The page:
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The Walter Burley Griffin Society Of America has been publishing its newsletters since it's inception in 1999. Here are some of the newsletters (in PDF format).


See the Fall 2022 Newsletter for the current status on Solid Rock.

The fate of Griffin’s ground-breaking house for William F. Tempel, “Solid Rock,” hangs precariously in the balance as of March 2020. It is currently for sale for the price of the lot on which it stands, in a locality, Winnetka, with virtually no local landmark protection. Its becoming victim of a “teardown” would be a catastrophe. As one of Griffin’s most important buildings, it deserves to be recognized, preserved, and restored. With its additions—by Prairie School architect Barry Byrne and executed for the original client—it remains an outstanding example of early modern American architecture. But more than that, it is a seminal work in Griffin’s development. Of poured-in-place, reinforced concrete, it is Griffin’s first building to use his patented window hardware. Its binary plan, with public and private spaces separated by a circulation corridor, became the prototype for much of Griffin’s subsequent architecture. Griffin’s terrace atop Solid Rock’s flat roof preceded the similar work of Le Corbusier and the architects of the International Style by a decade.

The demolition more than a dozen years ago of the Marsh house, built the year before Solid Rock around the corner on Winnetka Road, was a tragic loss to the Griffin canon and to Chicagoland’s architecture. But Solid Rock is so much more important in the history of American architecture. We’d appreciate your thoughts and suggestions.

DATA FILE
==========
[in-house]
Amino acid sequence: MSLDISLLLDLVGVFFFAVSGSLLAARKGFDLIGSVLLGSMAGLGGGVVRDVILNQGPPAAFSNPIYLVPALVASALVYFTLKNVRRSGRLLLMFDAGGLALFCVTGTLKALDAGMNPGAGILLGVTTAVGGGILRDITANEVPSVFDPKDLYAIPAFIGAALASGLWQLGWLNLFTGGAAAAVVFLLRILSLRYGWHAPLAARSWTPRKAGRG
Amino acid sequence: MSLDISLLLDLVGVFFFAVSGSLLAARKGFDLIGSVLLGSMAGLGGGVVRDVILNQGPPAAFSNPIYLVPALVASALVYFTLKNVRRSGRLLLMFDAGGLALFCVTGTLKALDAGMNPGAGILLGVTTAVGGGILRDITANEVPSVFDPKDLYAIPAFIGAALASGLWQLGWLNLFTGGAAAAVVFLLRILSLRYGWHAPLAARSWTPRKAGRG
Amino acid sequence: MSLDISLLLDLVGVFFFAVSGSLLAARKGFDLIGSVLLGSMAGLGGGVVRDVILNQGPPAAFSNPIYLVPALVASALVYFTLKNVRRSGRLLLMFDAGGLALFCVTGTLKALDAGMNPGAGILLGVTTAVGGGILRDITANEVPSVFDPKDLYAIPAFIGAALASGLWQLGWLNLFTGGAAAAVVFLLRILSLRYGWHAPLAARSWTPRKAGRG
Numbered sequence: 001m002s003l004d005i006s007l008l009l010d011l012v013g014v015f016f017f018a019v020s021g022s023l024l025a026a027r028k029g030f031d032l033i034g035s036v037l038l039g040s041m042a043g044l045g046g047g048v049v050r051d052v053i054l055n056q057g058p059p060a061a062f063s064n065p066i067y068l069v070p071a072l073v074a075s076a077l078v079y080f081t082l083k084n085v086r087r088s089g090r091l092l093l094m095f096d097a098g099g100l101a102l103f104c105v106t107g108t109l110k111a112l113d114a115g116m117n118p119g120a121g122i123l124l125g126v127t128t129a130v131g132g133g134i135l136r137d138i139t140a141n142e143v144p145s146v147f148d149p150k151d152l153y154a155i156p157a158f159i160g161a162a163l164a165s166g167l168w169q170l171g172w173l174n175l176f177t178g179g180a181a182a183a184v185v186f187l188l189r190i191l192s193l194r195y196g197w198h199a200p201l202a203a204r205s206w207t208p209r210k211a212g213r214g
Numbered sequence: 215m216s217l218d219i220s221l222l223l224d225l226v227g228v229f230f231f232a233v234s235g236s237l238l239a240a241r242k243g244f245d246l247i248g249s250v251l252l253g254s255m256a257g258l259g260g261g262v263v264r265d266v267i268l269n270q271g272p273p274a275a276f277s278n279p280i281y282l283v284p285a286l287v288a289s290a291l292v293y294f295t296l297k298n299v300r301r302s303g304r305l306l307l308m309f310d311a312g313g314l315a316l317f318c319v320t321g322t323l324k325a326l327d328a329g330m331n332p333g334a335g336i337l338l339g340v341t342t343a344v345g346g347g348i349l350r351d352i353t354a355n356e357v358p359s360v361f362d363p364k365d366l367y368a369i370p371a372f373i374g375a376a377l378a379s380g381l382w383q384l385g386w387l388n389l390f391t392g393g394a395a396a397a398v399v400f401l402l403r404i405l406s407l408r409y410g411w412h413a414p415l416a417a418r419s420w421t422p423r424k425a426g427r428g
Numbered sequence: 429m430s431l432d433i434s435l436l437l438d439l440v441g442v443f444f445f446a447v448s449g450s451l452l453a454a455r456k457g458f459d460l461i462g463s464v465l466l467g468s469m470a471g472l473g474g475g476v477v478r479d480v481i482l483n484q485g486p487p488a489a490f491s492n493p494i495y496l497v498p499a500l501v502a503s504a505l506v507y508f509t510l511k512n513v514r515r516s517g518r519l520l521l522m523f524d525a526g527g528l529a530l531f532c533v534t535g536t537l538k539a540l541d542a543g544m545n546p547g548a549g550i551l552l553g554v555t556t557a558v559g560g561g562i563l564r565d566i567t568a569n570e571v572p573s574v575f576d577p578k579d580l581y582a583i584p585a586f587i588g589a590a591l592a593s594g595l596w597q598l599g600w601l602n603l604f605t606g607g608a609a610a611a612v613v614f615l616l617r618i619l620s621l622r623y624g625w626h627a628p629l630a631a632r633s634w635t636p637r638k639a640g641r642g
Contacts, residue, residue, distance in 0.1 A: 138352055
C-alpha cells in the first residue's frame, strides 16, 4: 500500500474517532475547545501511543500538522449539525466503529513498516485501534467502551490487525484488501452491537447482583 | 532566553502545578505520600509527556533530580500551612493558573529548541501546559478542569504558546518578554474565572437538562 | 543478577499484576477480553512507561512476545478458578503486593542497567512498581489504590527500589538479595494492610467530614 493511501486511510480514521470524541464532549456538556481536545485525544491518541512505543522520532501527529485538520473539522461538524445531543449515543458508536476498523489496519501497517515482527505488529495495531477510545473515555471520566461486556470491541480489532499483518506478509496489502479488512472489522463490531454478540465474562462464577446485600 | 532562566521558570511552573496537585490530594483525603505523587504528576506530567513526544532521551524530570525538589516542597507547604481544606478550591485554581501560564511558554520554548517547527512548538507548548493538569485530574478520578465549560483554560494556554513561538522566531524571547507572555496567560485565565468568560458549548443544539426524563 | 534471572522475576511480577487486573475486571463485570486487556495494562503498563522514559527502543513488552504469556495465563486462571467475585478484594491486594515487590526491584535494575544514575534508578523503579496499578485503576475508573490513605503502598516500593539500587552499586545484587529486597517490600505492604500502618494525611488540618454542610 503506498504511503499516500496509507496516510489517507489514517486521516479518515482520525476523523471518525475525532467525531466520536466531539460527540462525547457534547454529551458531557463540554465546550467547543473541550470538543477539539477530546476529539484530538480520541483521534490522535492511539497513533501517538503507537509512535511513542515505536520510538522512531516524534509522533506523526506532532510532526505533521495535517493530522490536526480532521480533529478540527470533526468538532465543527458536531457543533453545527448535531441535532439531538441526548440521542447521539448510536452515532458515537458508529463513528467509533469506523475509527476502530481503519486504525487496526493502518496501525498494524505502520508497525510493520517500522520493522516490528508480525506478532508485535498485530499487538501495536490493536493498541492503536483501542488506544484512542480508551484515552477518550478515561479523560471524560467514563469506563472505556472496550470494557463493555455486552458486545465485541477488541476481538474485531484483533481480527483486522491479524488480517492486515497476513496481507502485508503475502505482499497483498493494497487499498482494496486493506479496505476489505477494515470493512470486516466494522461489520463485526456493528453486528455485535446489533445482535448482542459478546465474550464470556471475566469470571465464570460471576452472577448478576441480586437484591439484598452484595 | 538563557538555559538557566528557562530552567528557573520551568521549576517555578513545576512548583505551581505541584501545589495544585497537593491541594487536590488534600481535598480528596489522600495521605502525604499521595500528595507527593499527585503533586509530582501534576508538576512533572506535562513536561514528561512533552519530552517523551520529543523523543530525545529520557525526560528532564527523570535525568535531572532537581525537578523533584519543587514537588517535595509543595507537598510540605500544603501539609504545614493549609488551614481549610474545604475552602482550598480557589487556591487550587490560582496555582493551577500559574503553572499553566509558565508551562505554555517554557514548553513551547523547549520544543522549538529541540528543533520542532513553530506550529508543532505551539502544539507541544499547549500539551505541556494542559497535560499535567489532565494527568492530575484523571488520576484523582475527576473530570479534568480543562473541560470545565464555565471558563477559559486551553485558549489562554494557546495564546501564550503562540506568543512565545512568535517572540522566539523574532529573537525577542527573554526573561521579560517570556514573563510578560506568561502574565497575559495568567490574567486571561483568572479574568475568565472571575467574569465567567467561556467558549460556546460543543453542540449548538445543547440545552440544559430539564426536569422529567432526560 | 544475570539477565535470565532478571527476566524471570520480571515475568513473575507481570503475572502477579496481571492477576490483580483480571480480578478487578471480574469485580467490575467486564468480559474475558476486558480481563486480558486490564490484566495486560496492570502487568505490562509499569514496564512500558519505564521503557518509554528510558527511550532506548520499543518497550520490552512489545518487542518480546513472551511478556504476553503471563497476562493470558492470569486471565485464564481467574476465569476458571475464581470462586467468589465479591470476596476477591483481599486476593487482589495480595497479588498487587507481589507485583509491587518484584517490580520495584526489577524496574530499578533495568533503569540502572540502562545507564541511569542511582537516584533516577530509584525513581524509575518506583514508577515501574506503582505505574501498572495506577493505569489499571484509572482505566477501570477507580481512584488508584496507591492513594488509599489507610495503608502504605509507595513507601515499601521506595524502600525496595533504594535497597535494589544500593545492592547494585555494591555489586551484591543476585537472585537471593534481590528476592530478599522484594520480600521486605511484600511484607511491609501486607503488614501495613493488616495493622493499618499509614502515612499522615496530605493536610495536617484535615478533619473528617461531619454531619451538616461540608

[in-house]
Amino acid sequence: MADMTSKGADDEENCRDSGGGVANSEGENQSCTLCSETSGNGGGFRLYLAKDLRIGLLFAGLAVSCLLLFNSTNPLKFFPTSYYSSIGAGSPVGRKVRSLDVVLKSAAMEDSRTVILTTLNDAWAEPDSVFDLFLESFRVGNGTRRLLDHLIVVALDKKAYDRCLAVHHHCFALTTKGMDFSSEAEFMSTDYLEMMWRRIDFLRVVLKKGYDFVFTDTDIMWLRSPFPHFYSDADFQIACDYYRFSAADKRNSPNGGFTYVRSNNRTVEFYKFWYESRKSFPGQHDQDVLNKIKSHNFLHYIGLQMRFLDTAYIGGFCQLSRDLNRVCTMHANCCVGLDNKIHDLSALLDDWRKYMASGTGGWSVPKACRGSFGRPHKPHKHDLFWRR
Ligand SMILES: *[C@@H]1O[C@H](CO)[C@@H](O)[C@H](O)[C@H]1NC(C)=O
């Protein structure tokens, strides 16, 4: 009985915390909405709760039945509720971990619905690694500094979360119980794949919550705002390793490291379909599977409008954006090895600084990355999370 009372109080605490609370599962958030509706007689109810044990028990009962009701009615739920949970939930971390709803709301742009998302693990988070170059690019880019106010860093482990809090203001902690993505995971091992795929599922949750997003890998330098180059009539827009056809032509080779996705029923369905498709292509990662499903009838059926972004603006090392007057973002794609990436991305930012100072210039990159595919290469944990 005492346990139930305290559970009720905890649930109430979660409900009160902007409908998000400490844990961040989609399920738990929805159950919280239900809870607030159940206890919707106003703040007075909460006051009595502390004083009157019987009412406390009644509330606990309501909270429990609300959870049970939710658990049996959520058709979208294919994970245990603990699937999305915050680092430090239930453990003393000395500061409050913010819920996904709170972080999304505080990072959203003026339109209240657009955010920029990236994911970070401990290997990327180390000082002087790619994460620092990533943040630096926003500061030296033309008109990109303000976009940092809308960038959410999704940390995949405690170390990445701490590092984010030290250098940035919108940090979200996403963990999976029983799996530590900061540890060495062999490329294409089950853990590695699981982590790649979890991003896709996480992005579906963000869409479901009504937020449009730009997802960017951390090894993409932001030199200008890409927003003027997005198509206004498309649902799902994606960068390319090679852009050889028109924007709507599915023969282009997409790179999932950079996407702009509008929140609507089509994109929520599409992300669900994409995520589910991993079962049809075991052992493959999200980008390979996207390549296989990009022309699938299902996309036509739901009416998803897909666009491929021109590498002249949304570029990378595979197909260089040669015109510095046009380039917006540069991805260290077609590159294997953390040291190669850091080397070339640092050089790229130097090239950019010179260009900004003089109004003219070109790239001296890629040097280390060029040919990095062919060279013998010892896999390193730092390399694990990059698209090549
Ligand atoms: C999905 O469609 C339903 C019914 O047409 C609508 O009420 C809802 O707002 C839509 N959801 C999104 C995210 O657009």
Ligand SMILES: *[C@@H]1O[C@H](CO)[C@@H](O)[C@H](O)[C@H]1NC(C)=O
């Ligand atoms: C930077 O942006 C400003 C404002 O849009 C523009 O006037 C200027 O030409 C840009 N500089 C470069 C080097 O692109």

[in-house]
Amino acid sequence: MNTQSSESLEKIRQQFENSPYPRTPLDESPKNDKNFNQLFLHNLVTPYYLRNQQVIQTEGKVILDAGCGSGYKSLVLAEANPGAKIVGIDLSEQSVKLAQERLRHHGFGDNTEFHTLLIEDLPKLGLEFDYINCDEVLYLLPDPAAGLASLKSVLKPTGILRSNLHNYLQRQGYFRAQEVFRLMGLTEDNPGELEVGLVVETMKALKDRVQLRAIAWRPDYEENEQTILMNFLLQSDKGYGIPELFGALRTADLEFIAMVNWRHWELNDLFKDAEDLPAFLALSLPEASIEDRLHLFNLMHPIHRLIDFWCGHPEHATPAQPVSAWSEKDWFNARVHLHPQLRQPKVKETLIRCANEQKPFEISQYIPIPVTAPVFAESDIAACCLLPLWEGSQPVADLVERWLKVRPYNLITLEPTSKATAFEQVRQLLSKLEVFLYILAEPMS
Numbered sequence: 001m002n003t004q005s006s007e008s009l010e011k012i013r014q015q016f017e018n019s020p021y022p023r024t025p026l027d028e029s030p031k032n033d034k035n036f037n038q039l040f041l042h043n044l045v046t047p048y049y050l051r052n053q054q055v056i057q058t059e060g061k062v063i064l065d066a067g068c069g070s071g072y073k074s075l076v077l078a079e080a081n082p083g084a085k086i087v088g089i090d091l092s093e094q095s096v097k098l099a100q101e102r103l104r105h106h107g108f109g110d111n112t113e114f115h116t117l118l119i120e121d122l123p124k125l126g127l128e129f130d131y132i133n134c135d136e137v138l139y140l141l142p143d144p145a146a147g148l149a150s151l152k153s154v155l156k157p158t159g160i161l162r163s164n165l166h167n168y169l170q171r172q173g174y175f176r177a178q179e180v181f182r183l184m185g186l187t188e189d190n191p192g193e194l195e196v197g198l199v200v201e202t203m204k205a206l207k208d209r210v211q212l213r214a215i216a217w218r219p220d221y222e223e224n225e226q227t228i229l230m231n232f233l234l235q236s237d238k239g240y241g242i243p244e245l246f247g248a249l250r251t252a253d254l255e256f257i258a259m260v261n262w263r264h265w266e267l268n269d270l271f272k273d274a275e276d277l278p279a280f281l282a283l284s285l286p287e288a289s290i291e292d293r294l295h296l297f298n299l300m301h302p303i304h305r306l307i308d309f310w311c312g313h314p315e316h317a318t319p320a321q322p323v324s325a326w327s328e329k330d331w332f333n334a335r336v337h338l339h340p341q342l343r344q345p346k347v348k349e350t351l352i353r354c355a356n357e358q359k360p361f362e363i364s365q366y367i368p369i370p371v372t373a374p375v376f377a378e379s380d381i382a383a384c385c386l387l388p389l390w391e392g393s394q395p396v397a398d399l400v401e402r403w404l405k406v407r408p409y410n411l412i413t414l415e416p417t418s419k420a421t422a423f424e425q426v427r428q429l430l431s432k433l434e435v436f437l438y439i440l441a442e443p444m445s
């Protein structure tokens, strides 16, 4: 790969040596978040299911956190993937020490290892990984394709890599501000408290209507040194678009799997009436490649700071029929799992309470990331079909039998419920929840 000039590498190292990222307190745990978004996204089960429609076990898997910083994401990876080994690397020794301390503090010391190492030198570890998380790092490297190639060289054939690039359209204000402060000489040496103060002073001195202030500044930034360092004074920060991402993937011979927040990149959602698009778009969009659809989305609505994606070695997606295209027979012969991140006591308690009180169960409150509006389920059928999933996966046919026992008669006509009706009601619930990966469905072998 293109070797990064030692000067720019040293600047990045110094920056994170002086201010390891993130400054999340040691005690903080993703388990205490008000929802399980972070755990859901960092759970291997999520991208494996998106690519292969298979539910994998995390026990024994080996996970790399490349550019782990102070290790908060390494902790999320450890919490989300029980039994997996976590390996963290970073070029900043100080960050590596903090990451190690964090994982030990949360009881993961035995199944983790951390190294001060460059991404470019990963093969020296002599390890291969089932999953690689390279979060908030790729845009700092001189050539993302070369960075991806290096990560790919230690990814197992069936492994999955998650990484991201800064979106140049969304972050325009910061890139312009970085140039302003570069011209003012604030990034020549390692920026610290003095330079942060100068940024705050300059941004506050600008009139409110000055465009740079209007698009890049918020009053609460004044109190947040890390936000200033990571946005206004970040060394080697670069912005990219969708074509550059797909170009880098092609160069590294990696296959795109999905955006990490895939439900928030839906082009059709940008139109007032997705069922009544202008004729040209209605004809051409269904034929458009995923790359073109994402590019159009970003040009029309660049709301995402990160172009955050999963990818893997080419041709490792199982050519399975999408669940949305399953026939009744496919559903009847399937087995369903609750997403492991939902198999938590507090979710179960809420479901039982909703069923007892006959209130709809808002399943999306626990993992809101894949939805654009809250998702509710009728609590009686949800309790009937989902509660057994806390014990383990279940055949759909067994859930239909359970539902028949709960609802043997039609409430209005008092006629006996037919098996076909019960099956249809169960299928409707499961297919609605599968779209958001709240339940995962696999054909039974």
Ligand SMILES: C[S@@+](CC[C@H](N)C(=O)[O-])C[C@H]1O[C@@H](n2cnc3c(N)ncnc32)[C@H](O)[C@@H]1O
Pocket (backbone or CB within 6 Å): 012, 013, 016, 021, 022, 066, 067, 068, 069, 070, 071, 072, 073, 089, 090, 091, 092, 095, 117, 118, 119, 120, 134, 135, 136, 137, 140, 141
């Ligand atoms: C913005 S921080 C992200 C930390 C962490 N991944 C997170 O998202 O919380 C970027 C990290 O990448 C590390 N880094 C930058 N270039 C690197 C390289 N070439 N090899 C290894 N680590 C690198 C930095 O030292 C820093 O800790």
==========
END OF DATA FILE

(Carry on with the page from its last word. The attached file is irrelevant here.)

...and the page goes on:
By Paul Kruty

The Gilbert Cooley house in Monroe, Louisiana, in now in safe hands. One of Griffin’s most important houses, it is also the only building in the United States to reflect the Griffins’ Australian developments. Designed in 1908 but not constructed until 1925 under the direction of a young architect from Australia who had worked for the Griffins, the Cooley survives in remarkably original—if precarious—condition.

Now, thanks to a consortium of amazingly dedicated individuals and groups, the Cooley house is undergoing a complete renovation and restoration, with the ultimate goal of opening it to the public as a house museum and extension of Monroe’s Masur Museum of Art.

This incredible development, which began in earnest less than a year ago, is worth recounting in some detail. Following its adaptive reuse as a law office, among several other light business uses, the house was given to the G. B. Cooley Foundation, a local philanthropic organization that carried the name of Captain Cooley but had no legal interest in the house until that point. When I last visited the house nearly a decade ago, it was already showing signs of neglect, including a leaking roof and other problems of general maintenance. In recent years I have exchanged e-mail messages with Mil Bodron, an architect from Monroe living in Dallas, about possible solutions to the looming problems settling over a monument that was beloved by a contingent of Monroe natives, local and ex-patriot but virtually unnoticed by everyone else. Following its dubious distinction of being named to the “Ten Most Endangered Sites in Louisiana” last year, the Cooley house inspired a renewed effort to preserve it. In December, Sue Prudhomme, Director of the Masur Museum, wrote to the Griffin Society asking for advice. We sent them encouragement and suggestions, plus eventually I mailed a set of Griffin Newsletters and various publications on the Griffins.

Cooley House
Photo by Mati Maldre